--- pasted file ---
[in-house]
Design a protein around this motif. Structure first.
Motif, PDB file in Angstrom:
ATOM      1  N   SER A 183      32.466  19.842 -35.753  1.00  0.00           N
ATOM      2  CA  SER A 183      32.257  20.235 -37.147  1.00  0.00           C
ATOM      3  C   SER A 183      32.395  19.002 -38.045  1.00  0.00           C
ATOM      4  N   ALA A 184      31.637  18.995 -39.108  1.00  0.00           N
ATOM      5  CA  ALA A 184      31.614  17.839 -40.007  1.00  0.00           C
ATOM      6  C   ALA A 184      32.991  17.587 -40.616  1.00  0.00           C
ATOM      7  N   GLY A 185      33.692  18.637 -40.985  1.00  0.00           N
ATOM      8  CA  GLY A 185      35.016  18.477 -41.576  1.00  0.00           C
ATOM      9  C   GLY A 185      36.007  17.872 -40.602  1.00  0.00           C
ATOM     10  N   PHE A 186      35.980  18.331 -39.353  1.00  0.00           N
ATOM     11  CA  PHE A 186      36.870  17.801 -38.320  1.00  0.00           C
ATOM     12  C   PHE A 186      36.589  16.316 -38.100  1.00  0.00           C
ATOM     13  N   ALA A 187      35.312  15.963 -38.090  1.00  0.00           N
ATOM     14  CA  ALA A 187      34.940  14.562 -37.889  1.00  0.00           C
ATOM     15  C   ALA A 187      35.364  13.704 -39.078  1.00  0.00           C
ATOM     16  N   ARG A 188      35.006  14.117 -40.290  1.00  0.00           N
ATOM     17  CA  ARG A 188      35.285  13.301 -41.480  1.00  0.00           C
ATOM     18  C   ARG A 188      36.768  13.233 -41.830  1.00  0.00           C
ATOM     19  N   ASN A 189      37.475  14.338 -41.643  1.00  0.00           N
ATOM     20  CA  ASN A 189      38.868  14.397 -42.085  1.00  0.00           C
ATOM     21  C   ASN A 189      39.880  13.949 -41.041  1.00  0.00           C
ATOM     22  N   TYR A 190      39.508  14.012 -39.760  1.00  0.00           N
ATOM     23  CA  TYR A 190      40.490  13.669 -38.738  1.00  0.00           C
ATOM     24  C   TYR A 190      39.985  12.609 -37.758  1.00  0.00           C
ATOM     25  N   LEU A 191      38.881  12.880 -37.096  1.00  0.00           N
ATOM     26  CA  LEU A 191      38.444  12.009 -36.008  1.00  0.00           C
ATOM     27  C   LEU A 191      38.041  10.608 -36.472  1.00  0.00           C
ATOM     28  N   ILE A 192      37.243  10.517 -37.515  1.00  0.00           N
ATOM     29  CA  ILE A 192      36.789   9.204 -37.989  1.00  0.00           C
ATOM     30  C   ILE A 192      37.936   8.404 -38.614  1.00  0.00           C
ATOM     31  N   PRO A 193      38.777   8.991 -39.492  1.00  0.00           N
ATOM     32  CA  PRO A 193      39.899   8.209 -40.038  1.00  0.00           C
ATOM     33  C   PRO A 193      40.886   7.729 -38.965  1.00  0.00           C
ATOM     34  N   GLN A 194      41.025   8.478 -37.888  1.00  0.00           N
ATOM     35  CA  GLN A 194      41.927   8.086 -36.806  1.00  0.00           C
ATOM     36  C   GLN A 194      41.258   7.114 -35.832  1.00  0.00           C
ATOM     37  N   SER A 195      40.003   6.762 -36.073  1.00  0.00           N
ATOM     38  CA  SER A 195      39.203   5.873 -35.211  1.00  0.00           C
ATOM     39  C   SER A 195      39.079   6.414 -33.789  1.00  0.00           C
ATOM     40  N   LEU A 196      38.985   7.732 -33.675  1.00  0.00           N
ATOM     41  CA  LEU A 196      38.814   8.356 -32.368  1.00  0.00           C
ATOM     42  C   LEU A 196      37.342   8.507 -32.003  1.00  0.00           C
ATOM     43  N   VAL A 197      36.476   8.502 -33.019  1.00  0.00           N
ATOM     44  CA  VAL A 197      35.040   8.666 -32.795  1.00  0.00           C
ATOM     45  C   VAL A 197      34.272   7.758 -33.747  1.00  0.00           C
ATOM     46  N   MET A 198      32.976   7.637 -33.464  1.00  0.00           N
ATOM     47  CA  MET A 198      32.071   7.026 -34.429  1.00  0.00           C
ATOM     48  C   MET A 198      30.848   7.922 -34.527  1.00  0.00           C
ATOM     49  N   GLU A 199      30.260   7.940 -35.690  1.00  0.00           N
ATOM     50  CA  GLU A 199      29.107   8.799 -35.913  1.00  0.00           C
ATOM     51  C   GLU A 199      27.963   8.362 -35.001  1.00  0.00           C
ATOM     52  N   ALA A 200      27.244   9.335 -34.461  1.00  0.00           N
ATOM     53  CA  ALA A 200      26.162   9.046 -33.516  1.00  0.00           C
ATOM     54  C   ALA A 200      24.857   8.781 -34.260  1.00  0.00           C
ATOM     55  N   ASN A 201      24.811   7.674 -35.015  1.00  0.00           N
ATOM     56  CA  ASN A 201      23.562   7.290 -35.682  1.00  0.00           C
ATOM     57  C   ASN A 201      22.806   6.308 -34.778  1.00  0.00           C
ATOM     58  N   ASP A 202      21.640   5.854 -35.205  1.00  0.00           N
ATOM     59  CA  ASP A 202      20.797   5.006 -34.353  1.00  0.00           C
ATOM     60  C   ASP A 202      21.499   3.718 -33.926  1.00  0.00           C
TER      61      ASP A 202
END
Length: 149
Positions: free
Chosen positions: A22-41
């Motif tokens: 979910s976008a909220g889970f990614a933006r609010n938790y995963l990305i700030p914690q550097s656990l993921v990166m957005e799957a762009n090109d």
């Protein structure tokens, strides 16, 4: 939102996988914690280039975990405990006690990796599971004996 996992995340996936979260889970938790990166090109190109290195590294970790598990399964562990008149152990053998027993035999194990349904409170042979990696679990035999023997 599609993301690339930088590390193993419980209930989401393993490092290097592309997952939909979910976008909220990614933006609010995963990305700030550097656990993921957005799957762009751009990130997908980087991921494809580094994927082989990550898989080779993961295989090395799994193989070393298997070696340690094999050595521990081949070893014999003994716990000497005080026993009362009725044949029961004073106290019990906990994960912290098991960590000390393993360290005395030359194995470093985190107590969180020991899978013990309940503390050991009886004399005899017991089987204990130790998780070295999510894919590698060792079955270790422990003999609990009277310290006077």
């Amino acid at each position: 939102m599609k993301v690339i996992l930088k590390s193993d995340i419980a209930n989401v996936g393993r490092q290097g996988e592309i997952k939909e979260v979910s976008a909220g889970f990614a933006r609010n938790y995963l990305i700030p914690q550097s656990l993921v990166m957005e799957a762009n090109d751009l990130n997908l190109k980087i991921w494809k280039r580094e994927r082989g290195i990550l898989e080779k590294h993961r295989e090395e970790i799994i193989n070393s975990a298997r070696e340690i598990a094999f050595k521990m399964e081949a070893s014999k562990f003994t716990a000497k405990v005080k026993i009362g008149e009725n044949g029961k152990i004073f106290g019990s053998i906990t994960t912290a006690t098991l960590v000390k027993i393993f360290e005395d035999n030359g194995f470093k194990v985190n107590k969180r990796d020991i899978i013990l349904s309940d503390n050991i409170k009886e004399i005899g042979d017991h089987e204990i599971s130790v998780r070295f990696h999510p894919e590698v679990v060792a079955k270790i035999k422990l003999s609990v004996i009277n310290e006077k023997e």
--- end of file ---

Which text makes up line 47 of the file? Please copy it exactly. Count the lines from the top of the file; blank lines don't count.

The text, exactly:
ATOM     44  CA  VAL A 197      35.040   8.666 -32.795  1.00  0.00           C